Legal Challenge and Great Sociopolitical Ramifications: The Day After Implementation of Citizenship Law in India

By manish198832 Mar 12, 2024

Legal Challenge and Great Sociopolitical Ramifications

Legal Challenge-New Delhi: Merely a day following the Centre’s notification on the implementation of the Citizenship Amendment Act (CAA) rules, the Indian Union Muslim League (IUML) has made its move, approaching the Supreme Court to contest the decision. With its roots primarily in Kerala, the party is adamant about halting the implementation of the law, deeming it “unconstitutional” and asserting its discriminatory impact on the Muslim community.

Legal Challenge

Legal Challenge-Enacted in 2019, the Citizenship Amendment Act facilitates non-Muslim migrants from Bangladesh, Pakistan, and Afghanistan fleeing religious persecution to pursue Indian citizenship. Individuals from Hindu, Sikh, Buddhist, Jain, Parsi, or Christian backgrounds from these nations, who arrived in India on or before December 31, 2014, are eligible to seek citizenship under the CAA.

Legal Challenge-IUML’s stance against the law isn’t new; it was one of the initial challengers back in 2019. Central to its petition is the contention that the exclusion of Muslims from the citizenship eligibility list violates the fundamental right to equality as enshrined in Article 14 of the Constitution.

Legal Challenge-Previously, IUML had urged for a temporary halt in implementing the Act, but the Centre had assured the court that the law wouldn’t come into force until the rules were formally notified.

The recent petition emphasizes the necessity of suspending the implementation of CAA rules until the Supreme Court adjudicates on the 250 pending petitions questioning the constitutional validity of the Act. According to the petition, the preamble of the Constitution underscores India as a secular nation, thus necessitating any enacted law to be devoid of religious biases.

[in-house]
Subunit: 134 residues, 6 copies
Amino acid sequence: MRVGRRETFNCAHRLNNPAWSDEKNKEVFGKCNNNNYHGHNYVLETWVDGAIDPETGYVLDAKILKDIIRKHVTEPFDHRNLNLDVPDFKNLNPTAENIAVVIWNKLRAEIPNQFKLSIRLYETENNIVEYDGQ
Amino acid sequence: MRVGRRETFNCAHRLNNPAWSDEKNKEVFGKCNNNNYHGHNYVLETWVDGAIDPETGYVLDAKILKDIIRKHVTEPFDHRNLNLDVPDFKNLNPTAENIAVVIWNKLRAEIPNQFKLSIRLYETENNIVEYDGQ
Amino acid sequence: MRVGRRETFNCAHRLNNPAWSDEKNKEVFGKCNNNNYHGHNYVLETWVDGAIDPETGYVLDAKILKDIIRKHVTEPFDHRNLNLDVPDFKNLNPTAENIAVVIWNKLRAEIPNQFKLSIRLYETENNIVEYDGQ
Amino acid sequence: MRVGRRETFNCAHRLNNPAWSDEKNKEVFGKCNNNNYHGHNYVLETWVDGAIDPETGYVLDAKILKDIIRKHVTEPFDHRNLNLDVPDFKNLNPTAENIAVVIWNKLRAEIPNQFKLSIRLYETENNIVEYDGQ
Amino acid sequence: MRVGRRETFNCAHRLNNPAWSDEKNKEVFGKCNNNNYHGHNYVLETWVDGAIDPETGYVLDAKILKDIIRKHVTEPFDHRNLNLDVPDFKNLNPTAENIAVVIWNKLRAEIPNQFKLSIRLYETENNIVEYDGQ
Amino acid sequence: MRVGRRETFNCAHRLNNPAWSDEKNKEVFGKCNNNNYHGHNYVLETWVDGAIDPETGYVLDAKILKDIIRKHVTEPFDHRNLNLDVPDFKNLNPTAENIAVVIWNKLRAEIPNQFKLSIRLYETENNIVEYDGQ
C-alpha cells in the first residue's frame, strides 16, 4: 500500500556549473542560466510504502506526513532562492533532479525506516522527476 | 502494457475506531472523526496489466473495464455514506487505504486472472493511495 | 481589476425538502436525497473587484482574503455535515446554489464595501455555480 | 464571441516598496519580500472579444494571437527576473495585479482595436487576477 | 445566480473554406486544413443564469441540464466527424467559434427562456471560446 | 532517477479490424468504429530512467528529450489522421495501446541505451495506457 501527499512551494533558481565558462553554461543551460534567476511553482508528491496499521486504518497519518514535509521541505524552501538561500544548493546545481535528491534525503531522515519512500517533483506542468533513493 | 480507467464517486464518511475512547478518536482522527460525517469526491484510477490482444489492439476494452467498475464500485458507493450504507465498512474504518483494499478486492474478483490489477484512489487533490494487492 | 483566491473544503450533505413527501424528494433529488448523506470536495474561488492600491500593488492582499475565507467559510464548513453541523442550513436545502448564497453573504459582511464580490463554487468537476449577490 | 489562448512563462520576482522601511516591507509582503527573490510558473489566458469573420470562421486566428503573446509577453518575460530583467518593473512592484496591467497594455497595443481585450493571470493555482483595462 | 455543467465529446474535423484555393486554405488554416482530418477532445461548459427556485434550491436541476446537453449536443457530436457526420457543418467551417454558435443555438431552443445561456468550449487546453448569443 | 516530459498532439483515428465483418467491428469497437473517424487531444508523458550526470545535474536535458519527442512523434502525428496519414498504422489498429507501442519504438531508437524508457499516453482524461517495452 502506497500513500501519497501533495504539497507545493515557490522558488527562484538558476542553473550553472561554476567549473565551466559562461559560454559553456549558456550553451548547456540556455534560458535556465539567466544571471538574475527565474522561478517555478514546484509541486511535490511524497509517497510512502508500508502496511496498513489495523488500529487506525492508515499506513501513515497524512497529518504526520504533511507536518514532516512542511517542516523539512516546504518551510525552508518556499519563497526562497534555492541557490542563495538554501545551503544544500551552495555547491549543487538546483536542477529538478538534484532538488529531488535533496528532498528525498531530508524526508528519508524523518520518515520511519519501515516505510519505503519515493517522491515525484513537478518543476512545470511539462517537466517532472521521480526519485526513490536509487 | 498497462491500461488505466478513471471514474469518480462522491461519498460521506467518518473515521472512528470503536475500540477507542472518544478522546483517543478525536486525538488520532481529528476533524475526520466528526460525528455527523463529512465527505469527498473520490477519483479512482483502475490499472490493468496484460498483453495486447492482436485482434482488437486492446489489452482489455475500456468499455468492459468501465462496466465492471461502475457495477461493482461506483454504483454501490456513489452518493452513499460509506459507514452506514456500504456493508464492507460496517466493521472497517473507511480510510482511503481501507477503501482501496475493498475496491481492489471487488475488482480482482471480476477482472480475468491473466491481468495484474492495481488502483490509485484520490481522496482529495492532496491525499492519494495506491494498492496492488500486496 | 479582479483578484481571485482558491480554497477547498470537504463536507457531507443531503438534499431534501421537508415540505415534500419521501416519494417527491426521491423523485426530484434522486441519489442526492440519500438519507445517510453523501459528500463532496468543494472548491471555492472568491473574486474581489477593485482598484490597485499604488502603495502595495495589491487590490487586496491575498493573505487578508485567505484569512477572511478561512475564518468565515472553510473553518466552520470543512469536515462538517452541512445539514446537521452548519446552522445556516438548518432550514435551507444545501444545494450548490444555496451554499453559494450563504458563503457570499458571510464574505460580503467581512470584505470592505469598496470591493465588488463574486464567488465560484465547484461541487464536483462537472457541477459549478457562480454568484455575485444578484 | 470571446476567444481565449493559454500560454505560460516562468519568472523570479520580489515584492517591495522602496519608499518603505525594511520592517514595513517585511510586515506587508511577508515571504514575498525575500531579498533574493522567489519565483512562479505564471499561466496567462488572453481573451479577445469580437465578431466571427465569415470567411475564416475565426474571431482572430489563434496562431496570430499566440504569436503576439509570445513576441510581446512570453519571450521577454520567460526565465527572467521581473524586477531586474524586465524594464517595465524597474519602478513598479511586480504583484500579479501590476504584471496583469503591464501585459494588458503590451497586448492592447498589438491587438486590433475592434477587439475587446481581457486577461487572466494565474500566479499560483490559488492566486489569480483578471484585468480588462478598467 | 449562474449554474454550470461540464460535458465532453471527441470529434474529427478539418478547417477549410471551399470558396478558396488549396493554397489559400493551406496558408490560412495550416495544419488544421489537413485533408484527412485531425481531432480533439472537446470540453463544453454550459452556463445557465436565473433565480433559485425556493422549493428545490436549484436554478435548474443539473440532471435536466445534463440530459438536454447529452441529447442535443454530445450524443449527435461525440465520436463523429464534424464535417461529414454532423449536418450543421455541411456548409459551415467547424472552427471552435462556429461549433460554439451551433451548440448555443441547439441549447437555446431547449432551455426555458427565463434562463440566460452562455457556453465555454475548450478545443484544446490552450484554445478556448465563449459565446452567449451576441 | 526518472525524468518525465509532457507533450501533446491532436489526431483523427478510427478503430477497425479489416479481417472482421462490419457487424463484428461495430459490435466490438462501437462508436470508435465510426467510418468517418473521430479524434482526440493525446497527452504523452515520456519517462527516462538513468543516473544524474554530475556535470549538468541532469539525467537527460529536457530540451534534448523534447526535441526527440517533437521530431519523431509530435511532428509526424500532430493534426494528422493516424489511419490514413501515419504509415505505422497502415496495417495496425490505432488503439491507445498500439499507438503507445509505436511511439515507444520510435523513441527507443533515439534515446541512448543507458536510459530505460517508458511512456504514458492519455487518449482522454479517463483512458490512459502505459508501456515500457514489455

The Centre’s announcement on the preceding evening triggered varied responses across the nation, ranging from jubilation to protest. Members of the Matua community in Bengal and Sindhi refugees in Bhopal expressed their joy through celebratory gatherings. However, dissent simmered in certain regions, notably in Assam, where protests erupted against the new citizenship rules, citing concerns over potential mass migration into the border state. Elsewhere, demonstrators criticized the law for its perceived discrimination against the Muslim populace.

In the realm of politics, the Opposition, particularly the Congress party, directed its criticism towards the ruling Bharatiya Janata Party (BJP), questioning the timing of the Act’s implementation, particularly in the context of impending Lok Sabha polls.

Jairam Ramesh, a Congress general secretary, levied allegations against the BJP, suggesting a deliberate attempt to polarize voters in Assam and West Bengal.

“It took them 4 years and 3 months to bring this rule. Modi Government sought nine extensions from the Supreme Court and took 4 years and 3 months before notifying the rules last night,” remarked Mr. Ramesh in a post on X.

In essence, the legal challenge mounted by IUML against the Citizenship Amendment Act sets the stage for a significant legal and sociopolitical battle, with implications extending beyond the confines of judicial corridors to the broader national discourse on citizenship and religious inclusion.

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